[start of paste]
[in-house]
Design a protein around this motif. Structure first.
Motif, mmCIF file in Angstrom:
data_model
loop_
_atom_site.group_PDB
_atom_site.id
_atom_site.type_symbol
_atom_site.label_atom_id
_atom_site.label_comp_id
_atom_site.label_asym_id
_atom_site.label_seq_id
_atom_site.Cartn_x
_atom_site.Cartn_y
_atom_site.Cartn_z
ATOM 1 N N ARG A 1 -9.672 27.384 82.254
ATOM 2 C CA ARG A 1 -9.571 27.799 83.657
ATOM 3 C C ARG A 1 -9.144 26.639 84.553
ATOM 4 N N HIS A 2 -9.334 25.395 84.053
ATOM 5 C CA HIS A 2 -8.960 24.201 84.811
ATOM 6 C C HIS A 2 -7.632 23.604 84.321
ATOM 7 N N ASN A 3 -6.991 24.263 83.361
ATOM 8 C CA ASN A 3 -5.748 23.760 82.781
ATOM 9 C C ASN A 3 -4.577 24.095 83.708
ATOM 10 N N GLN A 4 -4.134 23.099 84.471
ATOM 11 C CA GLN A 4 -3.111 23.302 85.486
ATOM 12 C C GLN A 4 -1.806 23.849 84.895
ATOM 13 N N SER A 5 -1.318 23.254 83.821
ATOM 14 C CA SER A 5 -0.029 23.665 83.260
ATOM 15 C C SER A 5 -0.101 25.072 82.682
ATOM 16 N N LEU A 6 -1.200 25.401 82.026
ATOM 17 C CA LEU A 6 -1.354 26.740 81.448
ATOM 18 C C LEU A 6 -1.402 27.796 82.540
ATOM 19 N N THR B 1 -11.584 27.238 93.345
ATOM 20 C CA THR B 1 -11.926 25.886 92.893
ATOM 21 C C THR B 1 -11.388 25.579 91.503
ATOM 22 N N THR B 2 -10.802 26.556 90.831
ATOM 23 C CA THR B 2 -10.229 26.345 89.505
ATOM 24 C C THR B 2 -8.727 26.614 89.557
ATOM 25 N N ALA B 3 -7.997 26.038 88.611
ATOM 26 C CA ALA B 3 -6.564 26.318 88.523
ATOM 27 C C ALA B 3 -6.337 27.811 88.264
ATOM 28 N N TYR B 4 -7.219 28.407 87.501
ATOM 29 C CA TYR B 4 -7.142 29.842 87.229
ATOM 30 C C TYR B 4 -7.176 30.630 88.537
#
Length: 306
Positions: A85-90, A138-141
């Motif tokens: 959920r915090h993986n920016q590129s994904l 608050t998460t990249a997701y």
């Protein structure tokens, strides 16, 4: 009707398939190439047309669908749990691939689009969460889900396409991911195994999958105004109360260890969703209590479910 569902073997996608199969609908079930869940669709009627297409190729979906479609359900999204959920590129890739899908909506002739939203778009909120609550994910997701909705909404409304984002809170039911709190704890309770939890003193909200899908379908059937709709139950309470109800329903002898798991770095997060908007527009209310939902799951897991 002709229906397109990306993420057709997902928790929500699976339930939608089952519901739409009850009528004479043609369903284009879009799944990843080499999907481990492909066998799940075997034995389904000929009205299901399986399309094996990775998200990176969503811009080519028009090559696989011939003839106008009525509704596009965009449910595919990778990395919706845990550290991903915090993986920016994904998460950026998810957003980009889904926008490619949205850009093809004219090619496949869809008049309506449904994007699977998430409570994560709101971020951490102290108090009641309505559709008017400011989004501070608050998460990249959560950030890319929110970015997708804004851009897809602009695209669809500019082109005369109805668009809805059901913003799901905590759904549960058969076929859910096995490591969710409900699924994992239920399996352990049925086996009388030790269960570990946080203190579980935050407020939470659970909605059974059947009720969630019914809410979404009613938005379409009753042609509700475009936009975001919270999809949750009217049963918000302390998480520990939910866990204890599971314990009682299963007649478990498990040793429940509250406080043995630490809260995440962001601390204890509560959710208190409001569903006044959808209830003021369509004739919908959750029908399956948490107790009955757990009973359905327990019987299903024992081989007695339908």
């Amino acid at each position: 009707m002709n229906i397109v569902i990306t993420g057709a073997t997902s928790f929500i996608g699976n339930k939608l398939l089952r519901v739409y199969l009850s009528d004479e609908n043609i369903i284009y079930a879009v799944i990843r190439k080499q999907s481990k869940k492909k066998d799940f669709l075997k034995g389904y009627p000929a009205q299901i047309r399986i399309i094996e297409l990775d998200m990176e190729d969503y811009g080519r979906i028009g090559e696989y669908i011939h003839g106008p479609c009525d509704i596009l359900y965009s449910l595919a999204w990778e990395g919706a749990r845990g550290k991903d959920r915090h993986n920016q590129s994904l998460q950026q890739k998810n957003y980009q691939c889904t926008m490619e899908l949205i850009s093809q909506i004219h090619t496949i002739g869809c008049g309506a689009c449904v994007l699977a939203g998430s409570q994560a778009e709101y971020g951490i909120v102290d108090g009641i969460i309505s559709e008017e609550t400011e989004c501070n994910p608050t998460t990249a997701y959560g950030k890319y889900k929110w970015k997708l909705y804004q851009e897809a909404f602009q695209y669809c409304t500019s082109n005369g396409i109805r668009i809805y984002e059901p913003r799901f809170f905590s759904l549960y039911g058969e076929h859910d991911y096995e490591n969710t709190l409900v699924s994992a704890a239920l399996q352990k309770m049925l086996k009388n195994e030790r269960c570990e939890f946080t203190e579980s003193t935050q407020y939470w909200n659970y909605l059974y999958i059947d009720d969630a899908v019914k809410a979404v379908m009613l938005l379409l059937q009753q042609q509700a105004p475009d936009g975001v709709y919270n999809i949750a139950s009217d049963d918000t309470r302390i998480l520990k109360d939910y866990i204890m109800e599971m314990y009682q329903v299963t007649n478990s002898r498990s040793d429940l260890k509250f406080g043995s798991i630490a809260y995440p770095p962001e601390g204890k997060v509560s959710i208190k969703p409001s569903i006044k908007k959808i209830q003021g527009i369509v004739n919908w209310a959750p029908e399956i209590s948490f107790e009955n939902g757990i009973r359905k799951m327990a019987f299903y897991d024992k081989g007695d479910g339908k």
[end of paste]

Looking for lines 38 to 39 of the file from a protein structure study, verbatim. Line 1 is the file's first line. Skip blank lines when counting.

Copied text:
ATOM 23 C CA THR B 2 -10.229 26.345 89.505
ATOM 24 C C THR B 2 -8.727 26.614 89.557